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New-to-Houston construction tech company files for Chapter 11 bankruptcy

After relocating its headquarters to Houston, Katerra has filed for bankruptcy. Photo via Getty Images

Construction startup Katerra, which only recently moved its North American headquarters from Silicon Valley to Houston, filed for Chapter 11 bankruptcy June 6 — five days after news reports indicated the company was shutting down most of its U.S. operations.

Katerra's filings in U.S. Bankruptcy Court in Houston show the company and various affiliates have between $1 billion and $10 billion in liabilities and only $500 million to $1 billion in assets. In a June 6 news release, Katerra says it lined up $35 million in financing from a unit of Japan's SoftBank Group, the startup's largest investor.

Katerra recently notified its key stakeholders that many of its U.S. projects will be "demobilizing," according to the news release.

In an email sent June 1 to employees, Katerra said it would be winding down the majority of its U.S. operations and would lay off most of its U.S. employees. News website The Information first reported about the email. Globally, Katerra employs about 7,500 people.

Aside from letting go thousands of employees, Katerra is likely to walk away from dozens of construction projects it had agreed to build, The Information reported. As part of the bankruptcy case, Katerra plans to sell its renovation and Lord Aeck Sargent architecture businesses to unidentified buyers.

Katerra has been hemorrhaging money for months. In December, SoftBank pumped $200 million into Katerra, in addition to its previous investment of roughly $2 billion. Five months after Katerra received that cash infusion, Paal Kibsgaard stepped down as CEO, a role he'd held since July 2020. Kibsgaard is former chairman and CEO of Houston-based Schlumberger.

"The rapid deterioration of the company's financial position is the result of the macroeconomic effects of the COVID-19 pandemic on the construction industry, inability to procure bonding for construction projects following the unexpected insolvency proceedings of Katerra's former lender, and unsuccessful attempts to secure additional capital and business," according to the news release announcing the bankruptcy proceedings.

Greensill Capital, the lender referenced in the news release, filed for insolvency protection in March. Like Katerra, Greensill is backed by SoftBank.

Katerra was founded in 2015 with the intent to capitalize on technology — such as automation and robotics — in order to streamline construction. Its projects have included hotels and apartment buildings. Last year, it posted nearly $2 billion in revenue.

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Building Houston

 
 

For over a year now, scientists have been testing wastewater for COVID-19. Now, the public can access that information. Photo via Getty Images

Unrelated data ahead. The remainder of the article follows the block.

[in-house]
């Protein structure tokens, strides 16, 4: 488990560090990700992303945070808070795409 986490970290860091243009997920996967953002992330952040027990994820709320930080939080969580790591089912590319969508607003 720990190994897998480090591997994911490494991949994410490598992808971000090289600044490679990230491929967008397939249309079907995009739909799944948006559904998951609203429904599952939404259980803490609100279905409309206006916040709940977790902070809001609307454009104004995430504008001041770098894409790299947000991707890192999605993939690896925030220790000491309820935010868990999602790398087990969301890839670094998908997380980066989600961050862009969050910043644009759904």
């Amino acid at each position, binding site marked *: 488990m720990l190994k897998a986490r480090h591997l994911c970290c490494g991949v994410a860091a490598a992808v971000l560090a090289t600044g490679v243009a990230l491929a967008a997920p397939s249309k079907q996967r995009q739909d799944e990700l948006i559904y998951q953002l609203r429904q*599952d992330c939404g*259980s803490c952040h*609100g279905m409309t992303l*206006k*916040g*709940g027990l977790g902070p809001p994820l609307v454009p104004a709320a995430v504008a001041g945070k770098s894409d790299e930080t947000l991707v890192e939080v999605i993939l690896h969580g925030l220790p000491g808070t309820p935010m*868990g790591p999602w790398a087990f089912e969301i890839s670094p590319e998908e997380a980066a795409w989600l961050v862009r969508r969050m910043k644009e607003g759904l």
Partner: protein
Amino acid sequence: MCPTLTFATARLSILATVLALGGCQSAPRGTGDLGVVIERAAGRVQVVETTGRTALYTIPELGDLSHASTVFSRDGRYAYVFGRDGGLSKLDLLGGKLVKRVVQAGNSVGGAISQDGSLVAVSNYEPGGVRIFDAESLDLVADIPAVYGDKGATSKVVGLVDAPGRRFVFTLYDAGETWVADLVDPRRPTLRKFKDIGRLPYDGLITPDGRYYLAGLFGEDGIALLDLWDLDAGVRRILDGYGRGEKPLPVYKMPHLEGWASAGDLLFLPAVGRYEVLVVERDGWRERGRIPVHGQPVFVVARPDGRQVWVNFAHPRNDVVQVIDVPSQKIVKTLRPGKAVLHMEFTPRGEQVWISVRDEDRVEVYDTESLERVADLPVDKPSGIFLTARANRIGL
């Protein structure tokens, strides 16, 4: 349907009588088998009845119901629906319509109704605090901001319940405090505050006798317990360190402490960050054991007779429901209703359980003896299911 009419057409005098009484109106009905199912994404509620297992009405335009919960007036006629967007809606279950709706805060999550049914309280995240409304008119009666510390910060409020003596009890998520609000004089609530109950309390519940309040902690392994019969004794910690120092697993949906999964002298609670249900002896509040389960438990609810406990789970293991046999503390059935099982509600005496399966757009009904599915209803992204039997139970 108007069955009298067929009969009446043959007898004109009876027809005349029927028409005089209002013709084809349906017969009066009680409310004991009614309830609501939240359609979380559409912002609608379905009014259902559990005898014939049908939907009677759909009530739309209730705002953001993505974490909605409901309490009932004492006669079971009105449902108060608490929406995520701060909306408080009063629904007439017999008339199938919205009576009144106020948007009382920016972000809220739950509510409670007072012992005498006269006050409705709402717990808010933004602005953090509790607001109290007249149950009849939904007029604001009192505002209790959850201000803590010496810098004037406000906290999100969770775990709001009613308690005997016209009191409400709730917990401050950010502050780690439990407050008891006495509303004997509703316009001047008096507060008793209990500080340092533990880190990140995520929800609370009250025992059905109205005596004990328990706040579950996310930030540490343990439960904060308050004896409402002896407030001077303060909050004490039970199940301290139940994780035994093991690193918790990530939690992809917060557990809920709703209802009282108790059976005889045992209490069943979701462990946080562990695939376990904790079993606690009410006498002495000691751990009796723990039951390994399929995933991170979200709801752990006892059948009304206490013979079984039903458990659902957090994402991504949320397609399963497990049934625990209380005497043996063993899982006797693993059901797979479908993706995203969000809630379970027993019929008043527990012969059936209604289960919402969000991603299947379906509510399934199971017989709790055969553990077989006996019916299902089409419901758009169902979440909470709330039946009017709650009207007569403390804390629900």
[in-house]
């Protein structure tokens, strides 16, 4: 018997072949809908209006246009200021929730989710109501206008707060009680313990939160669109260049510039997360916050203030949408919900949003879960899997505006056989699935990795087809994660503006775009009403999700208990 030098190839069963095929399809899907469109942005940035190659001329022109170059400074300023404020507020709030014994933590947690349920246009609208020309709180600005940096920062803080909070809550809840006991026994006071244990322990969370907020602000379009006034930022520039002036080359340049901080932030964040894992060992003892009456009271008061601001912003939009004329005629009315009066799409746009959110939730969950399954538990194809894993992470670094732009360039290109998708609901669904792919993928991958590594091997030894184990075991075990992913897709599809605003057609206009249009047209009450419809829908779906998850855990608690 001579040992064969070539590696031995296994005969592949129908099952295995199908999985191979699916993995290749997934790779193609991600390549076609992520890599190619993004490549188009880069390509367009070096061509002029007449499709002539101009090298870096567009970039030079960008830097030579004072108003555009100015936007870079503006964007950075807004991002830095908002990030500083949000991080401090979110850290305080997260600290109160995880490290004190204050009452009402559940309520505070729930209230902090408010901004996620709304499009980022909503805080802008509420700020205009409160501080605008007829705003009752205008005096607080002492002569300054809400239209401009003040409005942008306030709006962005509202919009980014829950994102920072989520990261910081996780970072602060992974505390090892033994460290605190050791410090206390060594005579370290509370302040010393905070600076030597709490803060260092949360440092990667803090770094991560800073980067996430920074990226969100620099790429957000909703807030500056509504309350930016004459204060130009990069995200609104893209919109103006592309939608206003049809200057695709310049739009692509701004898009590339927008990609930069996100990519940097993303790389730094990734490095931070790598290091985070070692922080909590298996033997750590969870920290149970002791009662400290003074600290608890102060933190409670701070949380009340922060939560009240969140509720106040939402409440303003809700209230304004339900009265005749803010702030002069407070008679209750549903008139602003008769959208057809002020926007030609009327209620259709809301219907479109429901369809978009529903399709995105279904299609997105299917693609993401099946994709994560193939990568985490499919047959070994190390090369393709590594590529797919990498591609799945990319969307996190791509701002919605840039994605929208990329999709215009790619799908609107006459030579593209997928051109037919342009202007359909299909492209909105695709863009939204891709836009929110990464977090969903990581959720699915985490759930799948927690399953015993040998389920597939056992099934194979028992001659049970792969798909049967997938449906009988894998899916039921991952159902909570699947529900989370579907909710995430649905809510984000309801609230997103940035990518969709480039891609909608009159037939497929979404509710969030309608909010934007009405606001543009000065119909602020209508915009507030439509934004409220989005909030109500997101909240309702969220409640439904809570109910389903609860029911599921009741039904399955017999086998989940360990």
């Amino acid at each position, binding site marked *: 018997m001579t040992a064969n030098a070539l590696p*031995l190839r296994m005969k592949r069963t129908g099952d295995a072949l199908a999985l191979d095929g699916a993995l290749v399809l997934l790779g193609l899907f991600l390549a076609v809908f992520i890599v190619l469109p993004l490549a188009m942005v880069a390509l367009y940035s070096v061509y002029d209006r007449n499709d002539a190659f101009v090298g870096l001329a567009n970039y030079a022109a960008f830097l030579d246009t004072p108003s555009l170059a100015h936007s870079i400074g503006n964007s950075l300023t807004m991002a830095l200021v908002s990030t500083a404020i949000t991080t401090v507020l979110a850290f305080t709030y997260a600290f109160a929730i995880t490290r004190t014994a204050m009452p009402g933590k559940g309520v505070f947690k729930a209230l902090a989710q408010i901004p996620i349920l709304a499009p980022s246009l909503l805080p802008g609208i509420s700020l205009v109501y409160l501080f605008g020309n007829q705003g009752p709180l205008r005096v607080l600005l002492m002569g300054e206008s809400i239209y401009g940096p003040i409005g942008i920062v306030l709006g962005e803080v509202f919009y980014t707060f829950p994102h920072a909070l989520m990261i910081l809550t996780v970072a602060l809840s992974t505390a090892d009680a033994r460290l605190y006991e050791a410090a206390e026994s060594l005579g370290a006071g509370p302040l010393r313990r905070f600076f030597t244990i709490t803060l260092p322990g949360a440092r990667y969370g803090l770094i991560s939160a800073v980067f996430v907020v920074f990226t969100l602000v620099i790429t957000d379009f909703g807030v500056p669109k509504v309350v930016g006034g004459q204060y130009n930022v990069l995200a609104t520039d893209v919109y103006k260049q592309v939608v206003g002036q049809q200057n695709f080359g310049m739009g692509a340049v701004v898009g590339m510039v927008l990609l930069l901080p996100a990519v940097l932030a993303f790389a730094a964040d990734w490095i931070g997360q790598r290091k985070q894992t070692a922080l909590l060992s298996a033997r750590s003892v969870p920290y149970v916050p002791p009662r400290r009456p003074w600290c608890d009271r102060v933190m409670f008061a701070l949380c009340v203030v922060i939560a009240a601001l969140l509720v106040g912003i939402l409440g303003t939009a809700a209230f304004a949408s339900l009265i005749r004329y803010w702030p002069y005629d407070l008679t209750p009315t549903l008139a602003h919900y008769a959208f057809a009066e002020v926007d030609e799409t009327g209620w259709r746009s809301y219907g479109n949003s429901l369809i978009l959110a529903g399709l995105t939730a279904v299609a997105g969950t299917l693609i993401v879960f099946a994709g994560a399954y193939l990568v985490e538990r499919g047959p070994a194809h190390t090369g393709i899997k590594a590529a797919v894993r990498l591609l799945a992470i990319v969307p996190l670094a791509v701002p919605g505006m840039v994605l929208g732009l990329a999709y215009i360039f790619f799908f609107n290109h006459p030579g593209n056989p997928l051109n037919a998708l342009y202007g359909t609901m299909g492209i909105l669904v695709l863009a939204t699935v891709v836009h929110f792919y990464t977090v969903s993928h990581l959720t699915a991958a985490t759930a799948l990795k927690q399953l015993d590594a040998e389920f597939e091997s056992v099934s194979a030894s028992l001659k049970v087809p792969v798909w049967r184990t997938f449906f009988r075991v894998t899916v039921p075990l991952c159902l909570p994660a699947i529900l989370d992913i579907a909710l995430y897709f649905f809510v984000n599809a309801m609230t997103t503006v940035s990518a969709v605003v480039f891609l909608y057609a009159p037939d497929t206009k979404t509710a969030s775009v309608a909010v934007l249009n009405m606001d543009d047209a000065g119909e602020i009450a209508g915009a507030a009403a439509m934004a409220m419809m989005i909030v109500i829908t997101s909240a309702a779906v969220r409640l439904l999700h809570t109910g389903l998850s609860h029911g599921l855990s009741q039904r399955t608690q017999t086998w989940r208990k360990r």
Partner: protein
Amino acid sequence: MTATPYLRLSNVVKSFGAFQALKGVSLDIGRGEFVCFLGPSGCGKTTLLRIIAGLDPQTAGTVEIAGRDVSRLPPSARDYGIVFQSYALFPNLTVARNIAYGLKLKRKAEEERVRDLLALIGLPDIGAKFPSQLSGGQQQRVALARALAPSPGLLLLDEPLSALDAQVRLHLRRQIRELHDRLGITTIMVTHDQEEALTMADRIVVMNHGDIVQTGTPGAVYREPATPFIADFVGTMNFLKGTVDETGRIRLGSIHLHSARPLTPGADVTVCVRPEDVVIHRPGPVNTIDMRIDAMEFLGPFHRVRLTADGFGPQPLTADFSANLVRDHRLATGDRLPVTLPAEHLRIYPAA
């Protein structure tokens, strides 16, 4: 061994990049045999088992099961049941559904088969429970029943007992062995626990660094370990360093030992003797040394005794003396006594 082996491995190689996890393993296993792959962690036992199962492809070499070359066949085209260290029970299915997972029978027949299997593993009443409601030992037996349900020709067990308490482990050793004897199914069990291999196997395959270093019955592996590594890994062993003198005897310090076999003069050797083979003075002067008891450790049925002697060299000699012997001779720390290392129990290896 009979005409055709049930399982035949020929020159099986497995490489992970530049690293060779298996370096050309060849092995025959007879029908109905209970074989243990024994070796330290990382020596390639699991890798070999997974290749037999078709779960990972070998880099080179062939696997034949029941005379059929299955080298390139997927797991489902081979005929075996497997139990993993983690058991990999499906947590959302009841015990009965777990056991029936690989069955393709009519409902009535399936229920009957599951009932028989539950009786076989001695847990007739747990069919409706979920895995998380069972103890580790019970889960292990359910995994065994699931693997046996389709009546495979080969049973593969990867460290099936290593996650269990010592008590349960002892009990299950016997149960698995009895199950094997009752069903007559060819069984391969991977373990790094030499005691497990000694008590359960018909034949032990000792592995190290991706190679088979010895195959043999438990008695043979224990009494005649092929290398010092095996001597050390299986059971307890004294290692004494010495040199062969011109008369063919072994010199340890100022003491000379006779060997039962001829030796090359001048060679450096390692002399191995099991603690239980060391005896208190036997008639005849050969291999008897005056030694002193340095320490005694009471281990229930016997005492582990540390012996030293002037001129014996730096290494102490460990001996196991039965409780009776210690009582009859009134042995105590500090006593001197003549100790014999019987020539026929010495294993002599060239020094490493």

In 2020, a group of researchers began testing Houston's wastewater to collect data to help identify trends at the community level. Now, the team's work has been rounded up to use as an online resource.

The Houston Health Department and Rice University launched the dashboard on September 22. The information comes from samples collected from the city's 39 wastewater treatment plants and many HISD schools.

"This new dashboard is another tool Houstonians can use to gauge the situation and make informed decisions to protect their families," says Dr. Loren Hopkins, chief environmental science officer for the health department and professor in the practice of statistics at Rice University, in a news release. "A high level of virus in your neighborhood's wastewater means virus is spreading locally and you should be even more stringent about masking up when visiting public places."

The health department, Houston Water, Rice University, and Baylor College of Medicine originally collaborated on the wastewater testing. Baylor microbiologist Dr. Anthony Maresso, director of BCM TAILOR Labs, led a part of the research.

"This is not Houston's first infectious disease crisis," Maresso says in an earlier news release. "Wastewater sampling was pioneered by Joseph Melnick, the first chair of Baylor's Department of Molecular Virology and Microbiology, to get ahead of polio outbreaks in Houston in the 1960s. This work essentially ushered in the field of environmental virology, and it began here at Baylor. TAILOR Labs is just continuing that tradition by providing advanced science measures to support local public health intervention."

It's an affordable way to track the virus, says experts. People with COVID-19 shed viral particles in their feces, according to the release, and by testing the wastewater, the health department can measure important infection rate changes.

The dashboard, which is accessible online now, is color-coded by the level of viral load in wastewater samples, as well as labeled with any recent trend changes. Houstonians can find the interactive COVID-19 wastewater monitoring dashboard, vaccination sites, testing sites, and more information at houstonemergency.org/covid19.

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